We usually suggest that more is possible. If a person wants to publish a photo book they can add extended captions to deal with the five Ws (who, what, when, where, why). By including at least the skeleton of the stories on which the pictures are based the person who looks at their book will have a much better understanding of why the images are important to the author.
If you are more ambitious you can reflect upon the experiences chronicled in your journal or letters and try to convey some of the insights and small epiphanies which accompanied the events. For example, one traveler told us of the insight he gained on the importance of Catholicism in Mexico by watching women approach the Cathedral of Our Lady of Guadalupe in Mexico City on their knees. Another spoke of visiting the town of Dangriga in Belize which had been founded by shipwrecked slaves and native Caribs. When she booked a small Caribbean beachfront cabin she was told that meals were included. But the insight into the Garifuna culture she got when she found that meals were eaten in the private home of the cabin’s owner with her family was what made the experience fascinating.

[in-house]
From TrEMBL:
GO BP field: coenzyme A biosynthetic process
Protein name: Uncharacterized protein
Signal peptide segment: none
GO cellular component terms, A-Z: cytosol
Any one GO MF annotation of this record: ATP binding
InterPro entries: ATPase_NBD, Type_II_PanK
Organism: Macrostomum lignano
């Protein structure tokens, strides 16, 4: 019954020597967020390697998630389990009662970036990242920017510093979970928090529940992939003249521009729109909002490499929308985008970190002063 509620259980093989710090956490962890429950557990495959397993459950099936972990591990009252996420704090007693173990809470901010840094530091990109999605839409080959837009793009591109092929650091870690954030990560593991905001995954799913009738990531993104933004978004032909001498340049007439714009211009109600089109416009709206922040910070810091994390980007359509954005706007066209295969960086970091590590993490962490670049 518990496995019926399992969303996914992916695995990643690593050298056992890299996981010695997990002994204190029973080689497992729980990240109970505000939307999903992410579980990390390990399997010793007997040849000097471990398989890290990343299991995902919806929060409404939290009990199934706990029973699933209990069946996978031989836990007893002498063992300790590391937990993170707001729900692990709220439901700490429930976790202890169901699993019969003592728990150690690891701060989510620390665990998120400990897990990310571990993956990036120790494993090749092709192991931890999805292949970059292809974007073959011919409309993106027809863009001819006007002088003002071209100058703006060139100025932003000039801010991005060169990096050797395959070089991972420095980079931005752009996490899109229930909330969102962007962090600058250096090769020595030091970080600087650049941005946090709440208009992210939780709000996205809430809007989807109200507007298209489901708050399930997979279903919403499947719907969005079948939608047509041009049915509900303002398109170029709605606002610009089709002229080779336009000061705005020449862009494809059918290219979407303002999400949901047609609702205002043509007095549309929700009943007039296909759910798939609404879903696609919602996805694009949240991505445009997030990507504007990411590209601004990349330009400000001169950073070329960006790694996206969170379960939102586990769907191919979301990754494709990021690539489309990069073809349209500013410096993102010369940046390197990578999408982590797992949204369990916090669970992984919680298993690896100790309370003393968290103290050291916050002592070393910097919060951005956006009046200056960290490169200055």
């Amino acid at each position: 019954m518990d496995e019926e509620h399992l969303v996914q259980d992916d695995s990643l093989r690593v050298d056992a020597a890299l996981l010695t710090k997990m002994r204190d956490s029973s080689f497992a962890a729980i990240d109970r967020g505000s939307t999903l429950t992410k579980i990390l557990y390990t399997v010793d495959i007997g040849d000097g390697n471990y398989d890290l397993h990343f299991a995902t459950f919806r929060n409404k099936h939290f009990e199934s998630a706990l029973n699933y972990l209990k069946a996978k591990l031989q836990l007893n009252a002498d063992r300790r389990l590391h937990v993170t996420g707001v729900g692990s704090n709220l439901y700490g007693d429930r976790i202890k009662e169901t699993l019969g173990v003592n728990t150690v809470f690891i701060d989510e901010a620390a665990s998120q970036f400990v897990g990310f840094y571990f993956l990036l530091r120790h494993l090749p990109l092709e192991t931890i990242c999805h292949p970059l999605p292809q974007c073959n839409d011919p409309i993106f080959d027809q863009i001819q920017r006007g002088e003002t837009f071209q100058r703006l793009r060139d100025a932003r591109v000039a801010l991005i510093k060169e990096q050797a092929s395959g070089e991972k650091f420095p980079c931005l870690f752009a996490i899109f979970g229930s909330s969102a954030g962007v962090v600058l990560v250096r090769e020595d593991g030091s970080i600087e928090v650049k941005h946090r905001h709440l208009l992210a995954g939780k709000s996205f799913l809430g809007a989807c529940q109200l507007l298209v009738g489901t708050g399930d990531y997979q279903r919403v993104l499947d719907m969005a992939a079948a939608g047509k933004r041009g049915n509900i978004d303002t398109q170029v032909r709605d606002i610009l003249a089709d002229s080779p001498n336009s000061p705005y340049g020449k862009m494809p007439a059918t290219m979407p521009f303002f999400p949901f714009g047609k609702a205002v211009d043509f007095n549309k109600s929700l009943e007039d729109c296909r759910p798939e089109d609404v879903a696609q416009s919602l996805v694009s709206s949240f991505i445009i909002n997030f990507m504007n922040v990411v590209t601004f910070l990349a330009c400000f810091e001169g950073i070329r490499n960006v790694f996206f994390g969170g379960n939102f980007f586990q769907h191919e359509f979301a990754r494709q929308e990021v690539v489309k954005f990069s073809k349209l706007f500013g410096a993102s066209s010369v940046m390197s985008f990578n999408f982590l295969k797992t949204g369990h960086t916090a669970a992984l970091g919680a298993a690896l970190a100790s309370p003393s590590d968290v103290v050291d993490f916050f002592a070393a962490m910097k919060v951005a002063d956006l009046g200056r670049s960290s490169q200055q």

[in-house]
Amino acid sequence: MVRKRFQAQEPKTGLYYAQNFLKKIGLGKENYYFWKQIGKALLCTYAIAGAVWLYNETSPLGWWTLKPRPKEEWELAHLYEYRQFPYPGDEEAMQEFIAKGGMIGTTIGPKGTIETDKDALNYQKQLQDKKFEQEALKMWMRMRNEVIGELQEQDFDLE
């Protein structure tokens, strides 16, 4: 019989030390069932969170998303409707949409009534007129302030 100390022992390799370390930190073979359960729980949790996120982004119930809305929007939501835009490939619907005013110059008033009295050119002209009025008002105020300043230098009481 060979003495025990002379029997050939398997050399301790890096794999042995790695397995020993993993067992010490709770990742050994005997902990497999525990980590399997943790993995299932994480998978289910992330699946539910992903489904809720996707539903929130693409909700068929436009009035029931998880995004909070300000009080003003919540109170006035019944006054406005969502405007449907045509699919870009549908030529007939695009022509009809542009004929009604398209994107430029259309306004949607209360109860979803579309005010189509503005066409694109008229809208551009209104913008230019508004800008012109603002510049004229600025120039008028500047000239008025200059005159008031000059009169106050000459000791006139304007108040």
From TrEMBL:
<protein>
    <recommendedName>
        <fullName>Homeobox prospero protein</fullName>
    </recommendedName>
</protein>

Employing some of the techniques common in fiction can enliven your travel writing. A recent workshop participant told us that upon reflection she had decided to change her plan to simply publish the letters she wrote during a sailing trip with stops all over Central and South America. Instead, she would begin with the moment when a gang of Guatemalan bandits boarded her yacht and robbed her and her husband at gunpoint. She then asked, “How did I get here?” as a frame for the story of her travels. It will make for a much more engaging book.
This year’s Solas Awards sponsored by Travelers’ tales for the best travel writing of the year were recently announced. Click here to see the winners in the memoir category.